Free ACCA & CIMA online courses from OpenTuition
Free Notes, Lectures, Tests and Forums for ACCA and CIMA exams
Specially for OpenTuition students: 20% off BPP Books for ACCA & CIMA exams – Get your BPP Discount Code >>
September 21, 2022 at 2:46 pm
Why the interest in the table is called interest receivable? This is interest received (SPL), I guess?
August 28, 2020 at 10:58 pm
Hi Chris, Can you please explain why the 4% coupon interest of £40,000 per year is deducted from the b/f value, also why it gets credited to investments and not debited?
July 18, 2020 at 1:43 pm
Effective rate of interest (amortised cost example) should in fact be 5,72% and not 5,73%. Otherwise magic works wonderfully, thanks for great lectures 🙂
April 24, 2022 at 4:22 pm
It’s actually 5.72042540067849%, if we want to get exact $230,000 over 4 years, but it will be impractical to use it so they rounded up.
November 21, 2019 at 9:57 am
Don`t you think that it could be easier just simply calculate PV of all the cash payments at effective int rate?
July 2, 2020 at 1:31 pm
PV for each payment would be different for each year. And to calculate PV it’s needed to calculate PV for each individual payment. Therefore PV of final payment would be required to calculate 3 times (for Y1, Y2 and Y3 – PV of final payment would be different), and for other payments as well. PV would be less time consuming if there was only one payment and the redemption date, but we have annual coupon receipt. Also we still need to know the interest receivable amount to charge to our PL, and calculating PV will not give us interest receivable amount itself, it will still require further calculations with deduction of B/f balance and CashFlow to get Interest. So at the very end, you just compare time required for calculating the PV for each year OR just doing B/f * EIR. I think second option is way faster.
So instead of calculating PV of each payment for each year it’s way more convenient to just do B/f + Interest at EIR – CashFlow, it would give almost the same result.
The pleasure of using EIR is exactly to avoid calculating PV everytime.
June 3, 2019 at 10:58 am
Hi Chris, thanks so much for the lecture. While studying with BPPstudy txt, the premium rate of 5% was applied to the total cash to be received at the end of the term, in this case5% on 1,210,000 making annual int. To be received equal to 60500…..please help clarify?
June 3, 2019 at 8:45 pm
Where exactly is the question in the study text?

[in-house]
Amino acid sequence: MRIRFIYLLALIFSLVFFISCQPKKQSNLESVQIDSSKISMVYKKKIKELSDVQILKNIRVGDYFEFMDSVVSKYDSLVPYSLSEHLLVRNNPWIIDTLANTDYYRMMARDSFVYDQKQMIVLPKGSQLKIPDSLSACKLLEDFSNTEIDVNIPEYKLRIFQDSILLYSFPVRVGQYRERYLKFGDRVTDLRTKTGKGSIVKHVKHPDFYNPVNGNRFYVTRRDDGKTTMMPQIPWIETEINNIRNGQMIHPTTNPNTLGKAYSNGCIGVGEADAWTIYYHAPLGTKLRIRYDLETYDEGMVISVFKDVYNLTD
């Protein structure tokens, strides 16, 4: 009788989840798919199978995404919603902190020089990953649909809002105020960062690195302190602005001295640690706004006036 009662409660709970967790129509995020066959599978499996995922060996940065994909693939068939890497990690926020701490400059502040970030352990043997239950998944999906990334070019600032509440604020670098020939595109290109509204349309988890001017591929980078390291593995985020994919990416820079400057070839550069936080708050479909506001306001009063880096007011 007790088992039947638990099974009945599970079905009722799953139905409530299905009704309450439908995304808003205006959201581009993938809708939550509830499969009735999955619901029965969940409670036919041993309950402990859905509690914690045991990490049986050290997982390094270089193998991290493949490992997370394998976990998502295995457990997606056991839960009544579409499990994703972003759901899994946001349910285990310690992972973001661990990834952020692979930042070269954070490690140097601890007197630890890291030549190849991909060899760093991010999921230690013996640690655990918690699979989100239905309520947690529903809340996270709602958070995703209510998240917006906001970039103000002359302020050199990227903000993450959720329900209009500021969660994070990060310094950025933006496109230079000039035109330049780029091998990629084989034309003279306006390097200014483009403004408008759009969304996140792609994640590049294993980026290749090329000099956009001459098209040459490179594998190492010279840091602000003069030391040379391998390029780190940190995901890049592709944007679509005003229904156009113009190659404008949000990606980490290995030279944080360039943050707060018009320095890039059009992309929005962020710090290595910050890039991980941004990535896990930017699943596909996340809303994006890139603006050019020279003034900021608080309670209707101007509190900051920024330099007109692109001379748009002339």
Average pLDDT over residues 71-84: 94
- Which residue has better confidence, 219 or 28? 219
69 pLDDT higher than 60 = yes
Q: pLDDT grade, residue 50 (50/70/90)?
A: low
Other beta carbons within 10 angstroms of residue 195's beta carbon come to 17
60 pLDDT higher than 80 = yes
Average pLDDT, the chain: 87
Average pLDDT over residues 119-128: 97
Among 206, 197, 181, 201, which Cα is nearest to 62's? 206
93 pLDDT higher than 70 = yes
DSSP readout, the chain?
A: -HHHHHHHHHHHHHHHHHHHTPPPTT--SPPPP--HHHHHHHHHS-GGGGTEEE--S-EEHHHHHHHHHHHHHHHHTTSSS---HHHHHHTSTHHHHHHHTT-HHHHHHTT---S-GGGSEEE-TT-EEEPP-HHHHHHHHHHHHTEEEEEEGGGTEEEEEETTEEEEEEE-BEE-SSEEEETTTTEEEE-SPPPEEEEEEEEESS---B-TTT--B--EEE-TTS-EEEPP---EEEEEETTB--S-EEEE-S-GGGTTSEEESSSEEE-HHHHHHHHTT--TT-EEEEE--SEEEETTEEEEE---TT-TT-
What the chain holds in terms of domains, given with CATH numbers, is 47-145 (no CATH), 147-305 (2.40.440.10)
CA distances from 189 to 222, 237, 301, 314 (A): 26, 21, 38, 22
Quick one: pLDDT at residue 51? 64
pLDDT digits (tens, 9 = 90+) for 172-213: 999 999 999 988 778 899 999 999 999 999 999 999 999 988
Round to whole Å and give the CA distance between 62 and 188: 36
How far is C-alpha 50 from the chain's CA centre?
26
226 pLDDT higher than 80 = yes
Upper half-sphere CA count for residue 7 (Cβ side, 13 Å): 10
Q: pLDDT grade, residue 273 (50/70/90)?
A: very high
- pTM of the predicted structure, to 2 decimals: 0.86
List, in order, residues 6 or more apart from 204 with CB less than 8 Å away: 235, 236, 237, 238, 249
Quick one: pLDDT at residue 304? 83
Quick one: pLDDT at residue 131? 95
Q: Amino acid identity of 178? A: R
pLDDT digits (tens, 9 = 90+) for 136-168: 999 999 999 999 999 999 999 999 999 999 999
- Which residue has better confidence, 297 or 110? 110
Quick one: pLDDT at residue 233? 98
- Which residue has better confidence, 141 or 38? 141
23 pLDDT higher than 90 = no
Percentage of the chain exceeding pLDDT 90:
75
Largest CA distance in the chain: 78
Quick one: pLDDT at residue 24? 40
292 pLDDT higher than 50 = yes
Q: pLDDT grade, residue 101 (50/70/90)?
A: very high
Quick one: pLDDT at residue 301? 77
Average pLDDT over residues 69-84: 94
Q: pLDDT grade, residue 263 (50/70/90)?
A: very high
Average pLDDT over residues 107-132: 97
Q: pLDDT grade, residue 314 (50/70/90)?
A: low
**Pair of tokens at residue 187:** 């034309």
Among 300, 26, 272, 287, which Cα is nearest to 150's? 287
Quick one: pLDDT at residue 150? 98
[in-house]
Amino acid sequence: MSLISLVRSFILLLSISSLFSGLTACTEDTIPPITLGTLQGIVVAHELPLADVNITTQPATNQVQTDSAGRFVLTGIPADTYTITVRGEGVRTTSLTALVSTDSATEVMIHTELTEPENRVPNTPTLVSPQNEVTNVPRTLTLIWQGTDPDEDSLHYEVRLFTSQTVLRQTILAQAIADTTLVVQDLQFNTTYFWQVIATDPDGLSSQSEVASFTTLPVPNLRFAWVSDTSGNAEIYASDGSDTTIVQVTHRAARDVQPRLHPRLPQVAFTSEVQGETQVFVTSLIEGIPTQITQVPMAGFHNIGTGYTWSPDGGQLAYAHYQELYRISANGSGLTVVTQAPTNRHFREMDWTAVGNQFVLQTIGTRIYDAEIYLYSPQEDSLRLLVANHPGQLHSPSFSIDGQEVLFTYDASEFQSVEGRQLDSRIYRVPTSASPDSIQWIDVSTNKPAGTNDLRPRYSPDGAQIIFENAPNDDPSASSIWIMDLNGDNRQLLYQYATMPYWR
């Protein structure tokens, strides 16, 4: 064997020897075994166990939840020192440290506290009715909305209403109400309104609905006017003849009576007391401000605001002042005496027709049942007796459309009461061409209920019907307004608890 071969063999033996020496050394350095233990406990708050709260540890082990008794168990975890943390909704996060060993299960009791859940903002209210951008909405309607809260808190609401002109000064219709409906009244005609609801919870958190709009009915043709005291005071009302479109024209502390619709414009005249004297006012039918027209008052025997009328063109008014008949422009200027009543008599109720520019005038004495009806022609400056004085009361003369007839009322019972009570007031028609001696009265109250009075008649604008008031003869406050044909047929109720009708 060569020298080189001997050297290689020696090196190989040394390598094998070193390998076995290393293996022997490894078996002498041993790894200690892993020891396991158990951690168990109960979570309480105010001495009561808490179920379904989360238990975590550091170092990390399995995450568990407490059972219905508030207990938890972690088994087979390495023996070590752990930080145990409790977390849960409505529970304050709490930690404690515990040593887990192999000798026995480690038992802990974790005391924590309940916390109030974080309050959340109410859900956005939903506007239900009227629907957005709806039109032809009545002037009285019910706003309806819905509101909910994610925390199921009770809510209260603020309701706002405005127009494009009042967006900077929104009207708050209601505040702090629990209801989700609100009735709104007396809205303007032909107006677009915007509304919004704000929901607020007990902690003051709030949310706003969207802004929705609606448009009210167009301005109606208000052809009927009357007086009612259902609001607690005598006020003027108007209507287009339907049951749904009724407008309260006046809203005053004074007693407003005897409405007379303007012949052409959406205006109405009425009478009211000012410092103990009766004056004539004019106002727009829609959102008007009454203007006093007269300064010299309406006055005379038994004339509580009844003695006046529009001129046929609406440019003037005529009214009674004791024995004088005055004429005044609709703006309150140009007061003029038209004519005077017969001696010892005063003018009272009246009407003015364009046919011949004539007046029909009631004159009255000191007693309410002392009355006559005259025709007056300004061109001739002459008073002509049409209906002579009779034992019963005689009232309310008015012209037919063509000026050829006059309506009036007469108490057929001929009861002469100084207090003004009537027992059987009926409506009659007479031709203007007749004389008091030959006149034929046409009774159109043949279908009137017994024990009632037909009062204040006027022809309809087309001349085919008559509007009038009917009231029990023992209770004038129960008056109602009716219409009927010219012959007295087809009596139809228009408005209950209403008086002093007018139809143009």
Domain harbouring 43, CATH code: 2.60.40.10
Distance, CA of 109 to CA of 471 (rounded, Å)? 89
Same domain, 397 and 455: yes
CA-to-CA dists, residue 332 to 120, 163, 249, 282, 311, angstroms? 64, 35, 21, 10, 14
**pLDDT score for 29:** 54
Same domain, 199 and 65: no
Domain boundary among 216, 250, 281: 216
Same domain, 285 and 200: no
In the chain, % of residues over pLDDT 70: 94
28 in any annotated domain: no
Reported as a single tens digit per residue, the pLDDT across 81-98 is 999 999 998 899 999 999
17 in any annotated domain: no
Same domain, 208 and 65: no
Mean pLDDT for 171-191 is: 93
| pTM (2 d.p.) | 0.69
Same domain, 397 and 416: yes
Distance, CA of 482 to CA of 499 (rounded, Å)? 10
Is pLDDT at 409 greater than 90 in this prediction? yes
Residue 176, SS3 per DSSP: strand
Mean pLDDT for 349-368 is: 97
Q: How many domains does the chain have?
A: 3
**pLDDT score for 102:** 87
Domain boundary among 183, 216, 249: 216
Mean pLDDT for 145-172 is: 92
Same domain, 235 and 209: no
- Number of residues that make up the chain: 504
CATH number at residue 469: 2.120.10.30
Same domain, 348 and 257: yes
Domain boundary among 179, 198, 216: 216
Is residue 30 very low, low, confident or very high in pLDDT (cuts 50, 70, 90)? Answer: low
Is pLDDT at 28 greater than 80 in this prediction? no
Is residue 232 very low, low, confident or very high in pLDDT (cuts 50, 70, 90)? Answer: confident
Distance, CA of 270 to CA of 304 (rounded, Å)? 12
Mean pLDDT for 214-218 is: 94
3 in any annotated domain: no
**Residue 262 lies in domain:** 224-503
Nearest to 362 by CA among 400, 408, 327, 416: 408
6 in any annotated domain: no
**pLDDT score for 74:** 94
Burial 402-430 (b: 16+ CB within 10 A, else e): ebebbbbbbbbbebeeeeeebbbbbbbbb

April 18, 2019 at 8:38 am
Thanks, can you please confirm below will be the summary of the entry.
In your video you are showing the last leg as credit interest receivable but P&L. In short, this should go to income , correct. thanks for confirming my understanding.
Dr Investment 980,000
Cr Bank 980,000
Dr Bank 1,210,000
Cr Investment 980,000
Cr P&L Interest income 230,000
April 18, 2019 at 9:20 am
sorry, chris. I overlooked your further explanation on JE.
Got it and as below.
dr Invest (SFP) 980,000
cr Bank 980,000
each year to pass – Total to pass as below
dr Invest (SFP) 230,000
cr Intrest received (SPL) 230,000
each year to pass- Total to pass as below
dr Bank 160,000
cr Invest (SFP) 160,000
Final cash Received
dr Bank 1,050,000
cr Invest (SFP) 1,050,000
January 9, 2019 at 10:12 am
shouldnt the investment be 980000 in year 1 in the SFP?
July 2, 2020 at 1:07 pm
no, it’s 980,000 in Y0. Although the dates are not specified in the question, from the text I understand that question wants to see full 4 years after the year of purchase.
April 24, 2022 at 4:35 pm
It was 980,000 at the start of Year 1, but as you know, SFP shows the snapshot at Year-End. From the start of the year till the end, the followings events took place:
A) We accrued for interest receivable as below:
980,000*5.73% = 56,154
B) We received a 4% coupon in the 1st year. (DR Cash, CR Investment)
And all together, it looks like this at the end of Year 1.
980,000 + 56154 – 40,000 = $996,154
November 22, 2018 at 1:29 pm
Excellent lecture as usual, however, I thought we record the £200,000 incentive 2% in the following journals
DR Investment £1,000,000
Cr Bank £980,000
Cr Discount £200,000
is it possible to confirm it? thanks
December 31, 2018 at 2:50 pm
The 2% you are referring to is the coupon rate of interest, which is what must be legally paid each year on the debenture. The payment of 2% is applied to the par value of the debenture and so $200,000 is paid each year. The adjustment will CR Bank and DR Financial liability.
October 11, 2018 at 9:02 am
Could it be because it is effective interest so we are discounting?
October 11, 2018 at 8:38 am
How like to know why 1.05 and not 0.05 on redemption.
November 22, 2018 at 1:26 pm
Because it is an incentive, You will have an extra 5% on redemption and hence 1.05 not 0.05.
June 30, 2018 at 11:01 am
It’s hotel/motel with regards to the interest received/receivable, i.e. the same thing wbut with a slightly different name.
Remember that we are accounting for the substance of the transaction, so even though legally the cash received is interest in substance it is just a repayment of the cash advanced and the interest accrued on the debt is based upon the effective rate. To account for the cash received we will therefor DR Bank CR Financial asset.
June 29, 2018 at 6:08 pm
I would like to know why the interest received 230,000 spread over 4 years will be credited to interest RECEIVABLE rather than interest RECEIVED? Is it because we haven’t receive ths interest yet? We will receive it only when we redempt the investment in debt? Is that so?
How about the coupon interest 4% for each year which are 40,000 per year. Why it will directly go to reduce the investment rather than go through to interest received section?
Can u let me know about this.
You must be logged in to post a comment.